My dad was a member from 1969-1981. Drug squad (Windsor) and Customs & Excise (Toronto). He left for all of the reasons you hear about: tired of the abuse, mismanagement, and being put through a psychological meat grinder.

      BTW: the force endorses drinking among its members. The former "O" Division headquarters (Jarvis/Dundas) in Toronto: had a private mess hall for members to drink, in private. "Be a man, and drink away your pain!"

      My dad died 5.5 years ago. An alcoholic (like many former and present members of the RCMP), he struggled with PTSD and depression for most of his 56 years. His blood alcohol level: 0.45. The RCMP were involved and made an "oopsie" the day he died.

      Superior is super horny, not bad

      Feb 23, 2012 at 7:19pm

      While female officer is inferior and the bad guy for not just laying down again. The female officer is the bad guy for saying she was coerced by her superior into having sex while her superior had no problem sticking it to her and the public while on the job. The officer openly admits to the sex with a subordinate while taking her out in police car. Is this all part of the training and what is the lesson being taught?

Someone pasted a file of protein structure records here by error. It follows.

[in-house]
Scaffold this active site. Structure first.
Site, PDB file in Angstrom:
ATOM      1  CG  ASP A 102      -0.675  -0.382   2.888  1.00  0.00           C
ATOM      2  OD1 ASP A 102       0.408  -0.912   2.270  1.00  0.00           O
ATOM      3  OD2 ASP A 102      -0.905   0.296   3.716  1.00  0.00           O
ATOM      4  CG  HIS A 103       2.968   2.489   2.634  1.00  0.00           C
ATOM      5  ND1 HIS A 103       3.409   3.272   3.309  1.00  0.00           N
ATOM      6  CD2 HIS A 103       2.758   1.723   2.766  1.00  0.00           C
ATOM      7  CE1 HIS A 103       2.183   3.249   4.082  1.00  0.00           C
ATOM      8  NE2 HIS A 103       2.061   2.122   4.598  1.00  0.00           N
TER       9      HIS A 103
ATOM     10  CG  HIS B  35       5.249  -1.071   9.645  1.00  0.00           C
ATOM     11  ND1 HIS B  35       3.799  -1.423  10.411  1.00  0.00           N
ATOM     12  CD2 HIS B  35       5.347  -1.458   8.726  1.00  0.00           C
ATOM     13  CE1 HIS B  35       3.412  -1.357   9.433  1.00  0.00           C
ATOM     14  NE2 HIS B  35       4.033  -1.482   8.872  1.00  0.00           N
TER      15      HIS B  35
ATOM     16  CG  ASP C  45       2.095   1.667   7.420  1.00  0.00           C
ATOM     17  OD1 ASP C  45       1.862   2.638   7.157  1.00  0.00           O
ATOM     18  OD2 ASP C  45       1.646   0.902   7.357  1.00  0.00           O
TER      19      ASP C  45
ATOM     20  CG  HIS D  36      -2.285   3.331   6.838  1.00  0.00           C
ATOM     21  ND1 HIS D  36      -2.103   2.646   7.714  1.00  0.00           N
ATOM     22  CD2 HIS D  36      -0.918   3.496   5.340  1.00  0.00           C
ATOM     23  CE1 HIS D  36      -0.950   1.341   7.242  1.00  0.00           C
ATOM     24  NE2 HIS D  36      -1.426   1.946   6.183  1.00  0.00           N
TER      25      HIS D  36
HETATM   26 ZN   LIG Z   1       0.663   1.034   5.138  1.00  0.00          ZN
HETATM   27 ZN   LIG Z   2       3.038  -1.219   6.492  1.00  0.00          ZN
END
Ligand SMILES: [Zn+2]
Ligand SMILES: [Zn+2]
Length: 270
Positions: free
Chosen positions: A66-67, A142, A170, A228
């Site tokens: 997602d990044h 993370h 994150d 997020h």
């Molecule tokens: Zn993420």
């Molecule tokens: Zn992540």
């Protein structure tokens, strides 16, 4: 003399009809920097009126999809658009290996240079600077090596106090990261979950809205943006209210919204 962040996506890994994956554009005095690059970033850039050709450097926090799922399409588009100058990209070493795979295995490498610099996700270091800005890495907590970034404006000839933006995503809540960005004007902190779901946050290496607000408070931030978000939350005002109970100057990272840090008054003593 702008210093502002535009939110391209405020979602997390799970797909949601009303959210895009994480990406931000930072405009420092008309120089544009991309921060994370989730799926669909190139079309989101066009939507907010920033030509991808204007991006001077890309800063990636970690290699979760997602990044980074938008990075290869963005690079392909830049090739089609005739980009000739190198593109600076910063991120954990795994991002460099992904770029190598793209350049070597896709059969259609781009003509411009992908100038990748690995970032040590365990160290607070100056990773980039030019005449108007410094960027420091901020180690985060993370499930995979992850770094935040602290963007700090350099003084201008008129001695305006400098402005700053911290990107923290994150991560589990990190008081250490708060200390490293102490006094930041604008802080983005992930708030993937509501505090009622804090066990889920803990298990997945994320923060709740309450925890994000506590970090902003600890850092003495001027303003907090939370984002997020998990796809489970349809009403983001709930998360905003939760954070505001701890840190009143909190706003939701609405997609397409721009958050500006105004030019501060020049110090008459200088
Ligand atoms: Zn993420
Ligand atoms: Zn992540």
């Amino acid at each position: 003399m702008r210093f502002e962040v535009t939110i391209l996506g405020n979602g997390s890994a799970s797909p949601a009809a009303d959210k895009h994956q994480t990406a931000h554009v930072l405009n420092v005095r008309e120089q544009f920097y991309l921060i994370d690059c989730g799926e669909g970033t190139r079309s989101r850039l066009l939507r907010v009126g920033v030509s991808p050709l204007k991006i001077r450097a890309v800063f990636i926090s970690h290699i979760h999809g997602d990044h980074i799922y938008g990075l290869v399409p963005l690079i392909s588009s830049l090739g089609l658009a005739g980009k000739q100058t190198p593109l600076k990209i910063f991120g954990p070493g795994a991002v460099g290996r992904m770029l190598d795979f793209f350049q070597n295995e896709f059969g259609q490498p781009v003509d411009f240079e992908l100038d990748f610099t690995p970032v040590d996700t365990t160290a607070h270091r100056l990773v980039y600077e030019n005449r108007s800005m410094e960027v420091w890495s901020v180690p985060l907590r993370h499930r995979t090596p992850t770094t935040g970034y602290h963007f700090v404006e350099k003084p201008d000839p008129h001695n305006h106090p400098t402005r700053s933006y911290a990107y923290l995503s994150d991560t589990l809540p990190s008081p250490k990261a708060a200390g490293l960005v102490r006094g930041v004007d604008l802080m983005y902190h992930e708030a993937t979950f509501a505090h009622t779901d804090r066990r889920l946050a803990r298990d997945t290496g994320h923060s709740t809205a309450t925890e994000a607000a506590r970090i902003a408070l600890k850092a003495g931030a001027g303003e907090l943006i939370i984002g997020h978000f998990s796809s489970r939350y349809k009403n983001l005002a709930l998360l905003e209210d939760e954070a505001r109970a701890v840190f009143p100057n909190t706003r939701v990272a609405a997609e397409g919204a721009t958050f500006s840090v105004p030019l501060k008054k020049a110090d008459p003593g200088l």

And of course, wrong decision again because there is nothing superior about a man sticking it to a woman when he is her boss and on the job, nothing, not even a large dick. Even if your president your going down for the count, especially if the women says I wasn't into it even if she is married. The police are not solving their internal problems because it isn't viewed as a problem to politicians who fight to keep the costs of crime down by trying to ignore it while building a police force that is tolerant of certain crimes and women are an easy target.


      Feb 23, 2012 at 9:57pm